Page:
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Mild Preeclampsia 

PET uncomplicated by neurologic symptoms or criteria for a diagnosis of severe PET

Management of Mild Preeclampsia

  1. maternal evaluation
  2. history and physical examination
  3. laboratory

    • CBC and electrolytes
    • renal function tests ----> BUN, creatinine, uric acid
    • liver enzymes and coagulation studies ----> PT, PTT, FDP
    • urinalysis for protein and casts
    • 24 hour urine for protein and creatinine clearance 

  4. fetal evaluation of FHR, NST,BPP 
  5. management with bed rest in left lateral decubitus position (reduces abdominal vessel compression)  normal dietary salt and protein intake 
  6. no use of diuretics/antihypertensives

Severe Preeclampsia

PET complicated by at least two of the following
  1. BP > 160/110
  2. congestive heart failure
  3. pulmonary edema or cyanosis
  4. proteinuria > 5 g/24 hours or > 2+ on dipstick
  5. elevated serum creatinine
  6. oliguria (< 400 mL/24 hours)
  7. thrombocytopenia (< 100 000 - 150 000/mL)
  8. ascites
  9. RUQ or epigastric pain (subcapsular hemorrhage)
  10. elevated liver enzymes
  11. hyperbilirubinemia
  12. headache (cerebral artery vasospasm)
  13. visual disturbances (i.e. scotomas, loss of peripheral vision)
  14. hyperreflexia, clonus
  15. IUGR

Management of Severe Preeclampsia

  1. stabilize and deliver; the only "cure" is delivery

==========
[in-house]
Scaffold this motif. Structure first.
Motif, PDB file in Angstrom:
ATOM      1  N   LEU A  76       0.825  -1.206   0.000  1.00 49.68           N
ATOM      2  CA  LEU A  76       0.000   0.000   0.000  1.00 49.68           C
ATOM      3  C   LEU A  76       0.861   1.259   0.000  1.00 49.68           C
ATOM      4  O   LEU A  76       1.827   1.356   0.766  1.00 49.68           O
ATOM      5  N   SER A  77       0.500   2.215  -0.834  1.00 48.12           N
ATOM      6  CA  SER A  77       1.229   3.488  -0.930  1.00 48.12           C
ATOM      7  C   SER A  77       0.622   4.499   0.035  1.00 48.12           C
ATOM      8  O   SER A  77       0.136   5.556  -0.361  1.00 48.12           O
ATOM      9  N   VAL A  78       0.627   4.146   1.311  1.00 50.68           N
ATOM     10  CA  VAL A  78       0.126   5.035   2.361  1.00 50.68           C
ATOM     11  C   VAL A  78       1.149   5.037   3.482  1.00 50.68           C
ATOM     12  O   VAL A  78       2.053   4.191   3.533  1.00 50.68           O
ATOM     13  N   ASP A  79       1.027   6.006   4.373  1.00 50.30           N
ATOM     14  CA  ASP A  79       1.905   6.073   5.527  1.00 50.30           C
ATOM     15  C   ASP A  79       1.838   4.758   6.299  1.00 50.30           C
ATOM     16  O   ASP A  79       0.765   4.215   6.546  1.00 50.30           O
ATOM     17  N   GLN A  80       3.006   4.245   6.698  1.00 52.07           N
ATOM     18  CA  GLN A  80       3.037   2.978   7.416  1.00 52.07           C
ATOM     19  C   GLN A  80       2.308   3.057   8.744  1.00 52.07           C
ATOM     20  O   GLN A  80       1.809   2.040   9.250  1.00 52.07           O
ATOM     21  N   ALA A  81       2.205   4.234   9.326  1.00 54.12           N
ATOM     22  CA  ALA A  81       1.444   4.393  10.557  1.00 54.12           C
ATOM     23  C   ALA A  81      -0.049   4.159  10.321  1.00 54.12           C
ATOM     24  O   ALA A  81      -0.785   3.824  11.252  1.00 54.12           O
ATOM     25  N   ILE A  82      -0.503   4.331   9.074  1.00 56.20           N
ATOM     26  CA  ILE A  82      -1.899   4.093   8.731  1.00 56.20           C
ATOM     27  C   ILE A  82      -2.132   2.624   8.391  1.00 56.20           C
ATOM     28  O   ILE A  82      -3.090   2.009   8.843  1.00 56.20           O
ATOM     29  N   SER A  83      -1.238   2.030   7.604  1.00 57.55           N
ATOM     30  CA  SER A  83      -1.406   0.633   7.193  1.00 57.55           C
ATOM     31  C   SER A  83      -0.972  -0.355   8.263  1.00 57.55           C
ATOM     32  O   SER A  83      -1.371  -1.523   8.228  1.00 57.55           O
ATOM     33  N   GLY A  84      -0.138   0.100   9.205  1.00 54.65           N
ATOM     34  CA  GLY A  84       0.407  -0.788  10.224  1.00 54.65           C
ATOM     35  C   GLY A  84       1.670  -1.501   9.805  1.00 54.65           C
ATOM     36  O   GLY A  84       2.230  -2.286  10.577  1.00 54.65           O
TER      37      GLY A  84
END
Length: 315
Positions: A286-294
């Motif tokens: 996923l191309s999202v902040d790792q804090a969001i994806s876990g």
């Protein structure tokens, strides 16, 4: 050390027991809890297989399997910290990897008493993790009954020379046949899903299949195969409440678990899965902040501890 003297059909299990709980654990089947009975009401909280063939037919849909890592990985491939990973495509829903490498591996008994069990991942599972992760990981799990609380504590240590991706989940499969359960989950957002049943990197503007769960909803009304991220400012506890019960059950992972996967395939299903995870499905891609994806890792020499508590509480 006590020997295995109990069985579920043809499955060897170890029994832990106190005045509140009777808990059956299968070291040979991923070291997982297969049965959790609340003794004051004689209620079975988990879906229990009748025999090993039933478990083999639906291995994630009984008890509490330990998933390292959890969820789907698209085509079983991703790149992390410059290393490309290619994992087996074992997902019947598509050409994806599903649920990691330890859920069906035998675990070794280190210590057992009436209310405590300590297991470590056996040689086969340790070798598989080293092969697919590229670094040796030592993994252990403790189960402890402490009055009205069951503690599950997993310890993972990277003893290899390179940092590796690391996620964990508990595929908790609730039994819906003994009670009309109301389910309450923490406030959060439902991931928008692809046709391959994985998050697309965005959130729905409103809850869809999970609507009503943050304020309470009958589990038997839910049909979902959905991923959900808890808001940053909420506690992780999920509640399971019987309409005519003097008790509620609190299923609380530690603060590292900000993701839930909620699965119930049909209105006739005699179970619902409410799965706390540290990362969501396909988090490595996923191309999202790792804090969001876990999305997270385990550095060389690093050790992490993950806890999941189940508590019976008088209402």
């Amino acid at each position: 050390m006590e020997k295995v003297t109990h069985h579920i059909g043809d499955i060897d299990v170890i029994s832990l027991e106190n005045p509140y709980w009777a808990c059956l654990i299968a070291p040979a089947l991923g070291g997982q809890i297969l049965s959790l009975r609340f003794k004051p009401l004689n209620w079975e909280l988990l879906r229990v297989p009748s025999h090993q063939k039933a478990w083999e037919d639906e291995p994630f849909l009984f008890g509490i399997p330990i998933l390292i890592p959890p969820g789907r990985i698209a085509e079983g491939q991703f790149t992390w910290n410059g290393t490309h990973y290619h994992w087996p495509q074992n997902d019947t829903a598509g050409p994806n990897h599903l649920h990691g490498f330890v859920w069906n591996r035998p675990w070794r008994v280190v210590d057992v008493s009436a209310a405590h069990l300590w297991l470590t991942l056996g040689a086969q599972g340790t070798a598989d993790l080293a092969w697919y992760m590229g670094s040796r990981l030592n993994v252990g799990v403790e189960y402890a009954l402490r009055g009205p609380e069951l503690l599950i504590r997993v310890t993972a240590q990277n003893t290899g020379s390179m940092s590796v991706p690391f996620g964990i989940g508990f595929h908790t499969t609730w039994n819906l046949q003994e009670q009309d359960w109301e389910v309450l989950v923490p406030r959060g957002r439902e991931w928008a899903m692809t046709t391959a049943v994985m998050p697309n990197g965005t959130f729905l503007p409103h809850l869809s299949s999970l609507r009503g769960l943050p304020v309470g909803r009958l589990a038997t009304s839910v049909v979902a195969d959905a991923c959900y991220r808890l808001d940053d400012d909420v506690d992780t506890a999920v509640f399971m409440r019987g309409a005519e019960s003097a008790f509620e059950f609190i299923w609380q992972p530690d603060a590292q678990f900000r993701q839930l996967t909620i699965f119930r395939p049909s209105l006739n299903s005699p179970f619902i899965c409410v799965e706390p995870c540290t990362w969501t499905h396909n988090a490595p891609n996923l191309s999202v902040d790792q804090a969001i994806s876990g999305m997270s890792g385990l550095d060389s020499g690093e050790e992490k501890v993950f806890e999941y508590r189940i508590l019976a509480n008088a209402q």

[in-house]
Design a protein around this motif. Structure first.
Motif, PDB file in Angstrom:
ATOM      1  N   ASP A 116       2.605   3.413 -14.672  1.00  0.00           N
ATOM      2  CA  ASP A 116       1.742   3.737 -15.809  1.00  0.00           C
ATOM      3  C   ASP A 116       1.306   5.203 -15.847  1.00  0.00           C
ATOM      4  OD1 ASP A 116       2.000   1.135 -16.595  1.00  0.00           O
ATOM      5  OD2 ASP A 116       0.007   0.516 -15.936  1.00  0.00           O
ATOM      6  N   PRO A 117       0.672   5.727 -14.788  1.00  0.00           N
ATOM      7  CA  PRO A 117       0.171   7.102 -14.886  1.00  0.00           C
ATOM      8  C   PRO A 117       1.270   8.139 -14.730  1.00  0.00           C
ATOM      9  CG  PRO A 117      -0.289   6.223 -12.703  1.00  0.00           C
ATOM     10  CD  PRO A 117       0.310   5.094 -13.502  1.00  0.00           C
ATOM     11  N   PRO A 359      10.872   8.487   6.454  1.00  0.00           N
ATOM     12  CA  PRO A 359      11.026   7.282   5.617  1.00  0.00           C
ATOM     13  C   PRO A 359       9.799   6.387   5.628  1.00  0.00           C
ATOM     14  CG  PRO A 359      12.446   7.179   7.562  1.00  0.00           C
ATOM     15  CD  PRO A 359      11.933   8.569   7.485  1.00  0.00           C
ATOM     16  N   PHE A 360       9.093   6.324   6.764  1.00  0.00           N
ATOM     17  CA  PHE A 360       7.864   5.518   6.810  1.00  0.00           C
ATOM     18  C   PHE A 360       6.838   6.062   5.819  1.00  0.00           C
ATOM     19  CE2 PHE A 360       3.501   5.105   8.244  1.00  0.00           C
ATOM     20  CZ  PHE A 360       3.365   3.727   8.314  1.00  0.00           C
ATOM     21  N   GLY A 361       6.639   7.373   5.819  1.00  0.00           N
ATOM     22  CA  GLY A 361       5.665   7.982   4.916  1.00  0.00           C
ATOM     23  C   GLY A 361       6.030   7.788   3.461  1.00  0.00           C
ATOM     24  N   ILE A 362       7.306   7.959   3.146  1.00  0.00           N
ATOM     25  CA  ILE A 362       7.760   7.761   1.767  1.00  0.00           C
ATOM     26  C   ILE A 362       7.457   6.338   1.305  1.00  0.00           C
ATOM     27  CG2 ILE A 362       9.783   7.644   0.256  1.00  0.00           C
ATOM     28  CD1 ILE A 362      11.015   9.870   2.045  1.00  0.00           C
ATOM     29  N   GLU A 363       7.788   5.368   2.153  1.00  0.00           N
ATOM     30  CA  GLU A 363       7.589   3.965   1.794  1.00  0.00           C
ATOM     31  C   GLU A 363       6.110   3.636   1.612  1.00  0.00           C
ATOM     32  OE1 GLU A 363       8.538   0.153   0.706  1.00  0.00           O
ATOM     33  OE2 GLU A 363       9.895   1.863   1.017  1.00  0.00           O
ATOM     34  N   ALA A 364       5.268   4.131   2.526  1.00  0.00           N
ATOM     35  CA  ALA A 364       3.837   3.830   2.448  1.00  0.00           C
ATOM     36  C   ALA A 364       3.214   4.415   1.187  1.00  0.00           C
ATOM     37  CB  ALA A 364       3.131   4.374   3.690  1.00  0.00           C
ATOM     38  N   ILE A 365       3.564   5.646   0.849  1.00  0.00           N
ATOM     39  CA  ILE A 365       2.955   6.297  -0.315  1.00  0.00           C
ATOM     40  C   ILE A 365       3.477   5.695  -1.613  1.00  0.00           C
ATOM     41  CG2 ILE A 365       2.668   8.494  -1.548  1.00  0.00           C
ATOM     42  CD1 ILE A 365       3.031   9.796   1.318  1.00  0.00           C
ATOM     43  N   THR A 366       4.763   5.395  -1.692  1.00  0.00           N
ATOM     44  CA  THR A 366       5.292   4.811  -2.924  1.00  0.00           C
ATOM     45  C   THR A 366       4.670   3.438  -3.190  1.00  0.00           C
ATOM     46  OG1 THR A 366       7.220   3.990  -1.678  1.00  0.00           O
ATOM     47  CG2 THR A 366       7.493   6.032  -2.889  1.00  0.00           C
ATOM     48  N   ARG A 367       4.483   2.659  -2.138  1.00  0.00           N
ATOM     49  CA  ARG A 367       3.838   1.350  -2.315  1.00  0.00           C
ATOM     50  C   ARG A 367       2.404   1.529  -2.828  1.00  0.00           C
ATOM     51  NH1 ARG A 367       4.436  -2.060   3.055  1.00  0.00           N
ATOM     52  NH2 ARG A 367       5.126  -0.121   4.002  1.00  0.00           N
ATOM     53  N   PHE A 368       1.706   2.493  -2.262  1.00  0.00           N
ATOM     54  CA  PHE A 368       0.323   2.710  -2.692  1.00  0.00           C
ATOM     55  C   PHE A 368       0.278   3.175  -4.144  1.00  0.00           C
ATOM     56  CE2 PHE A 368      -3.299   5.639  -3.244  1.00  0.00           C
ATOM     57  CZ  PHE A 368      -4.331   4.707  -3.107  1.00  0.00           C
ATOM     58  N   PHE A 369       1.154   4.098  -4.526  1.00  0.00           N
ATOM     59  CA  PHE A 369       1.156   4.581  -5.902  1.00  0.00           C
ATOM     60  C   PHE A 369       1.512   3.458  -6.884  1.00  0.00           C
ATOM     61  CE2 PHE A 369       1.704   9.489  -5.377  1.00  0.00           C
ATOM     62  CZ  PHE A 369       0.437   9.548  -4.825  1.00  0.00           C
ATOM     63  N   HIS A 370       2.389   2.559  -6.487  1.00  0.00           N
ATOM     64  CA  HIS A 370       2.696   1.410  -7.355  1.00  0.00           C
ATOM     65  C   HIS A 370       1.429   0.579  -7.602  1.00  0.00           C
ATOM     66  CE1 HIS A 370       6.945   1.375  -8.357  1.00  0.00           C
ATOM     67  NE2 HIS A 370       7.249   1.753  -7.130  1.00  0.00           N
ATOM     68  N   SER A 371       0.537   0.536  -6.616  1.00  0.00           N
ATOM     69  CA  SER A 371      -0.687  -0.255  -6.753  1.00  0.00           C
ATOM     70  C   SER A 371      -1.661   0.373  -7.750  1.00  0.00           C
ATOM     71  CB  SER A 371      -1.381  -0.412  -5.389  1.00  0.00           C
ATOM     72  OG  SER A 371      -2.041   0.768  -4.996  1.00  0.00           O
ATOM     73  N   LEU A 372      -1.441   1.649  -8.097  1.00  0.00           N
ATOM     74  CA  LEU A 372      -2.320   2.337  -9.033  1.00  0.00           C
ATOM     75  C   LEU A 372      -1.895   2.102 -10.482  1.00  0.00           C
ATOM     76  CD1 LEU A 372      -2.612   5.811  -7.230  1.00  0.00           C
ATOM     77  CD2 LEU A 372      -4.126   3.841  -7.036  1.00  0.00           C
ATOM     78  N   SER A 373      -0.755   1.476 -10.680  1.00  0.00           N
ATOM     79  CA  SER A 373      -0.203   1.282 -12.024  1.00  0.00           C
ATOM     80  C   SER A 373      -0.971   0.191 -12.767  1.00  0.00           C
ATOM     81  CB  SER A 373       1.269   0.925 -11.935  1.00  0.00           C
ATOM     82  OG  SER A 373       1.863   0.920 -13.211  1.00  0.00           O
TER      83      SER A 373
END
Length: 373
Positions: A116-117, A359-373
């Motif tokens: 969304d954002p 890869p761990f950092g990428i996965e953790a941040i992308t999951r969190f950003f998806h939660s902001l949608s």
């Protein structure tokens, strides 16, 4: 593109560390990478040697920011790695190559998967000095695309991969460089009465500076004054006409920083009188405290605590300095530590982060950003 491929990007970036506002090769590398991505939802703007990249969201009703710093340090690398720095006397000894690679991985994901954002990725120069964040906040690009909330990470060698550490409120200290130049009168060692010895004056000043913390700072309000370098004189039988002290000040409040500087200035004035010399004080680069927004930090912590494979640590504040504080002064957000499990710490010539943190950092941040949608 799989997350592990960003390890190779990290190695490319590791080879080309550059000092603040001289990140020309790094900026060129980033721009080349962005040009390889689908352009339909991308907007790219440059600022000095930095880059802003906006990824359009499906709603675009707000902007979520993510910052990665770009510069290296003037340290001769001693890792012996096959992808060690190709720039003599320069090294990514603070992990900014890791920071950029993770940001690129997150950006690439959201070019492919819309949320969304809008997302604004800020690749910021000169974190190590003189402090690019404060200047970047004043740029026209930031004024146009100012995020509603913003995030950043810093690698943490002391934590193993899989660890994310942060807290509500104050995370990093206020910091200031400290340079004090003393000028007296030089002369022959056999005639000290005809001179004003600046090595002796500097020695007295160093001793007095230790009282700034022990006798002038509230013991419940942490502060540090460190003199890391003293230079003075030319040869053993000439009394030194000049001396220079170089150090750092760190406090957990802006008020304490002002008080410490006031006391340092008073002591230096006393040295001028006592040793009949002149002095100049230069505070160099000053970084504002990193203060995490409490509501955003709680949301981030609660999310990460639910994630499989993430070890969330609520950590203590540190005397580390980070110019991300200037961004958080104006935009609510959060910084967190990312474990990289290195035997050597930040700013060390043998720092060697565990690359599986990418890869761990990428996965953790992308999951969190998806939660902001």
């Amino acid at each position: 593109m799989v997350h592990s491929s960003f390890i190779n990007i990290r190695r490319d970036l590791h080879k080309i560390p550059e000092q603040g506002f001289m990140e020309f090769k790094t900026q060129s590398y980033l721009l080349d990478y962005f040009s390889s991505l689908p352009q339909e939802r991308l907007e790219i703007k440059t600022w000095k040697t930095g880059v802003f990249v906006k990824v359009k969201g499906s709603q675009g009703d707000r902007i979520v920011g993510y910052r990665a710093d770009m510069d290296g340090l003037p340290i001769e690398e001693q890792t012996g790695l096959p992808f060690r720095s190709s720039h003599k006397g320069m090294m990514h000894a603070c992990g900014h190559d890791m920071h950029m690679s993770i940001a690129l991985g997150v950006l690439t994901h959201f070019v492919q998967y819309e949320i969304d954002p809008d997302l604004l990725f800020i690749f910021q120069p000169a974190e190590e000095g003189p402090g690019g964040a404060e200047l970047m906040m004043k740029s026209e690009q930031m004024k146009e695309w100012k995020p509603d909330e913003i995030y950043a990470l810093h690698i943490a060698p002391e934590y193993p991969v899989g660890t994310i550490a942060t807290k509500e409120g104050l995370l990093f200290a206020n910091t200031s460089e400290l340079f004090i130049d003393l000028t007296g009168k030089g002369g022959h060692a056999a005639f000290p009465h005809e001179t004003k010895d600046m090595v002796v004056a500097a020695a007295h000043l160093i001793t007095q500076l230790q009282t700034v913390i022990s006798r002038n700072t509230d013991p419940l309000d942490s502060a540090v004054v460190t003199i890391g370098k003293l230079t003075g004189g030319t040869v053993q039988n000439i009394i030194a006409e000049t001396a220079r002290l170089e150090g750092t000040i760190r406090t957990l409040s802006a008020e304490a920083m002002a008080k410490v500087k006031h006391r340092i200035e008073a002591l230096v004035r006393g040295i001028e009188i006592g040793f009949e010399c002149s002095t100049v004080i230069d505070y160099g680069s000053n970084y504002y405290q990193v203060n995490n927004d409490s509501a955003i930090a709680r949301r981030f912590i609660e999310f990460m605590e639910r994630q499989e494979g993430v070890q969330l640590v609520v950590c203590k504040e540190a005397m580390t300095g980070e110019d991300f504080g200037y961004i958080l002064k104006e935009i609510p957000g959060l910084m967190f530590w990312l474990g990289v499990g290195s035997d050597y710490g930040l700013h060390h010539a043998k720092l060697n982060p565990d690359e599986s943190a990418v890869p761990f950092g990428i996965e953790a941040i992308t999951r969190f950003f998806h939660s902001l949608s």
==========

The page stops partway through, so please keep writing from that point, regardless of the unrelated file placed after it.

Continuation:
2. admit and complete maternal evaluation (same as for mild) --->keep NPO 
  3. start IV, cross and type 
  4. Foley catheter to monitor urine output 
Maternal monitoring
  1. hourly input and output, check urine 12 hours for protein
  2. vitals and DTR  1 hour 
Fetal evaluation
  1. NST followed by continuous electronic fetal monitoring until delivery
Anticonvulsant therapy
  1. given to increase seizure threshold
  2. baseline magnesium blood level
  3. magnesium sulphate (4g IV push) followed by maintenance of 2-4 g/hour
  4. excretion of magnesium sulfate is via kidney therefore patients with oliguria require a lower infusion rate
Signs of magnesium toxicity (> 13 mg % serum level)
  1. depression of DTR (deep tendon reflex)
  2. depression of RR < 10/minute
  3. decreased muscle tonicity
  4. CNS or cardiac depression
  5. antagonist to magnesium sulphate is calcium gluconate (10%) 10 mL IV if respiratory arrest occurs
Antihypertensive therapy
  1. decreasing the BP decreases the risk of stroke (indicated only if BP > 140-170/90-110)
  2. first line: hydralazine 5 - 10 mg IV push over 5 minutes q 15 - 30 minutes until desired effect (an arteriolar vasodilator with minimal venous effect)
  3. controls BP for hours not days (deliver as soon as possible)
  4. next dose is given ~6 hours later with BP readings 15 minutes duration
  5. also used in postpartum state if BP remains elevated and urinary output < 25 mL/hour
  6. second line: labetalol 20 - 50 mg IV  q 10 minutes
  7. third line: nifedipine 10 -20 mg po q 20 - 60 minutes (puncture capsule and swallow liquid)
Postpartum management
  1. all antepartum therapy and monitoring continued until stable
  2. risk of seizure highest in first 24 hours postpartum
  3. continue magnesium sulfate for 12-24 hours after delivery
  4. the patient who continues to remain in serious condition may have HELLP
  5. most women return to a normotensive BP within 2 weeks but BP may worsen transiently in that time
HYPERTENSIVE DISORDERS OF PREGNANCY Part 02 HYPERTENSIVE DISORDERS OF PREGNANCY Part 02 Reviewed by Radiology Madeeasy on September 08, 2010 Rating: 5
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